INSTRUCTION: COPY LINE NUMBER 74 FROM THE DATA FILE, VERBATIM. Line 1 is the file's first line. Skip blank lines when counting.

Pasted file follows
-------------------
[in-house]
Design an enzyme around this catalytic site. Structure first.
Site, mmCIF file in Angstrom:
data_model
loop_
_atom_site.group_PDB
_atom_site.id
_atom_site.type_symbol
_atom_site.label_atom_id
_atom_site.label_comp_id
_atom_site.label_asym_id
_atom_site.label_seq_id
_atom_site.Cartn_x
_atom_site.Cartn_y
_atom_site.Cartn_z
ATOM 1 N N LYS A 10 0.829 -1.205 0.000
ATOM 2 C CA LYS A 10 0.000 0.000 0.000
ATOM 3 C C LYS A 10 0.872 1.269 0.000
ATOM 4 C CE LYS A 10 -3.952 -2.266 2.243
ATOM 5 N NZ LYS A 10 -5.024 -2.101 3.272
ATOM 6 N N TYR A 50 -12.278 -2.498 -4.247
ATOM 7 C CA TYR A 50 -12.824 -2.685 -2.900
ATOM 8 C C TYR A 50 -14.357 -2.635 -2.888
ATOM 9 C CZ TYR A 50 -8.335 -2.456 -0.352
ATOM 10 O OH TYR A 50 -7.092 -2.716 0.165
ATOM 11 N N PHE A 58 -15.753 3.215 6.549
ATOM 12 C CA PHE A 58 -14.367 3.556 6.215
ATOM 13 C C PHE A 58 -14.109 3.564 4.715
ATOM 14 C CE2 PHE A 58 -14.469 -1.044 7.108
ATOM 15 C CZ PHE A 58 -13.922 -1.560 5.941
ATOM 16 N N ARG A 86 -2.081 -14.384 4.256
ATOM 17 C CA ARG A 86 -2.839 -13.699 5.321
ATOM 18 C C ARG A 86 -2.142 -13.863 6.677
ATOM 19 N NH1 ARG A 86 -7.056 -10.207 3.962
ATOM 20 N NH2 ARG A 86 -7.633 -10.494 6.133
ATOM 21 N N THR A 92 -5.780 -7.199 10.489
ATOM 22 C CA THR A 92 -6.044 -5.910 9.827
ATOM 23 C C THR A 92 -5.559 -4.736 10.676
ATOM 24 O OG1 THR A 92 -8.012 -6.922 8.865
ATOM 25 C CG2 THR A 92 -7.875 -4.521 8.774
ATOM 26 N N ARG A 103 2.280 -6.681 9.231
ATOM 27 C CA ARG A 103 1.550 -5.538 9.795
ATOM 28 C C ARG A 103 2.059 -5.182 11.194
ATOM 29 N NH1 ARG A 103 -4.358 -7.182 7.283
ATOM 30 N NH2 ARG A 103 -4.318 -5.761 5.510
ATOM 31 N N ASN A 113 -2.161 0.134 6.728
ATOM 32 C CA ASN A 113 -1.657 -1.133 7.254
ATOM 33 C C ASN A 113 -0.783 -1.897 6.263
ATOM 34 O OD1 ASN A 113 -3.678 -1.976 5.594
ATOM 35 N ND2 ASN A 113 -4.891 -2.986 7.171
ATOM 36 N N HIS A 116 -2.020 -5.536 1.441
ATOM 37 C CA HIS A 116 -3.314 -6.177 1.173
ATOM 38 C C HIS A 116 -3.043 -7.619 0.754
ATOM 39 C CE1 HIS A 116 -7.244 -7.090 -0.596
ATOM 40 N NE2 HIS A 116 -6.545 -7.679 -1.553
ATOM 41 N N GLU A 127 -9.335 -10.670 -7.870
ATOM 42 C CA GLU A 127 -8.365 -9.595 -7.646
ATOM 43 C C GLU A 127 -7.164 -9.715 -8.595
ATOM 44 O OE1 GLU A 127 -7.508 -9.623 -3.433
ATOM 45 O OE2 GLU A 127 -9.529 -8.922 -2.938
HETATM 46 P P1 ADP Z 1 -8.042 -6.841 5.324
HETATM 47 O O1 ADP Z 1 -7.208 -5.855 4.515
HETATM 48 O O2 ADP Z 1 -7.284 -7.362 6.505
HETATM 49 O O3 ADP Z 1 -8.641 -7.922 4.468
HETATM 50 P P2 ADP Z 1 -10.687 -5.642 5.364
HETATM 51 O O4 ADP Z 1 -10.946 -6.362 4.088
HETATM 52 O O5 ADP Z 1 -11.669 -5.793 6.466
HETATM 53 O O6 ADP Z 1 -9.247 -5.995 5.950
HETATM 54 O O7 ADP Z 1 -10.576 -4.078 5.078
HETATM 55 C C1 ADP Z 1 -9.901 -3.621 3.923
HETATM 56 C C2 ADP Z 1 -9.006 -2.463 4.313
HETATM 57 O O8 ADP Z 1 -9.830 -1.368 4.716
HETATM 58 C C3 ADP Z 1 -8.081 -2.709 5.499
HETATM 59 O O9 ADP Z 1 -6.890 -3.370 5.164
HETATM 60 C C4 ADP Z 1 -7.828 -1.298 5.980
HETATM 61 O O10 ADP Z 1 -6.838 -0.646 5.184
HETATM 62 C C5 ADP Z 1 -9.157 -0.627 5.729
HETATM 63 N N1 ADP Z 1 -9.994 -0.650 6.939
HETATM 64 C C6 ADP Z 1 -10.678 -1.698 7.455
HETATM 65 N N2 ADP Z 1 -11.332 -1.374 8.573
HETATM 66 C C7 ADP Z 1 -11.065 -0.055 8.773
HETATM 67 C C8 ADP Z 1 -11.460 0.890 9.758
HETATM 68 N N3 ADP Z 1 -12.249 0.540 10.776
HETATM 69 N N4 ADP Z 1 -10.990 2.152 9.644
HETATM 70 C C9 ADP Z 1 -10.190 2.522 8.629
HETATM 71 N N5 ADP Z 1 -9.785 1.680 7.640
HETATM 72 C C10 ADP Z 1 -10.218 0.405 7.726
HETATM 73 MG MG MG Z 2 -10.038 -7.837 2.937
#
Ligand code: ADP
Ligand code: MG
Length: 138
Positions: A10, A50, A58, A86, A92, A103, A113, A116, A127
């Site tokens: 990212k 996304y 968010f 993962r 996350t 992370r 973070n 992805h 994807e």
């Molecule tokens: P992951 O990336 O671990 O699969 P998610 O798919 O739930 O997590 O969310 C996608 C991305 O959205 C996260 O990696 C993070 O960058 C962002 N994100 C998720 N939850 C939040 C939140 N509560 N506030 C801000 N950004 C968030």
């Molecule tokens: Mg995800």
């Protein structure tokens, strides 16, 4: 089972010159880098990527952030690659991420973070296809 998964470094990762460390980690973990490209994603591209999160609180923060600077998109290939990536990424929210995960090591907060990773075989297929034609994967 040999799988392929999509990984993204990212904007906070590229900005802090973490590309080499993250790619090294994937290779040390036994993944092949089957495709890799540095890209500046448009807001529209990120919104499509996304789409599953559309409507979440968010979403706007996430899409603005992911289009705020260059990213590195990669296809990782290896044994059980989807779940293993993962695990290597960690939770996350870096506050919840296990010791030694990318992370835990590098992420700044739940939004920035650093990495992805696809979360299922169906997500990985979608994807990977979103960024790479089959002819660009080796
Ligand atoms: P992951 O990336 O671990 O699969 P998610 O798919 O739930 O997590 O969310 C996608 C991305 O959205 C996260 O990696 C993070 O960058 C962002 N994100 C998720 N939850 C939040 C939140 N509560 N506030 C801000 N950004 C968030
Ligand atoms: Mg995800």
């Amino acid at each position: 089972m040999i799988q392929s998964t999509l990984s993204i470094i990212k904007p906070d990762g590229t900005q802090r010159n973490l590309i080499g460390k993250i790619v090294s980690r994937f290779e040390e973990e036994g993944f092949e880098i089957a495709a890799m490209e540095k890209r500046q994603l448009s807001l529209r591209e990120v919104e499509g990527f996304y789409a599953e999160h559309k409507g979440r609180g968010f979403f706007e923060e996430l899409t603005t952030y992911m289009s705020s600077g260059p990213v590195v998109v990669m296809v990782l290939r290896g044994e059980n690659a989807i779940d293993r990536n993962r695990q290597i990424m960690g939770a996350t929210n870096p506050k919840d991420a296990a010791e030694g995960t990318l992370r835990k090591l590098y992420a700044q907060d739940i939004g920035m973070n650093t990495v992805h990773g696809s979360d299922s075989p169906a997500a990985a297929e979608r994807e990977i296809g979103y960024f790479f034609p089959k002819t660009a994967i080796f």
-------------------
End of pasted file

HETATM 59 O O9 ADP Z 1 -6.890 -3.370 5.164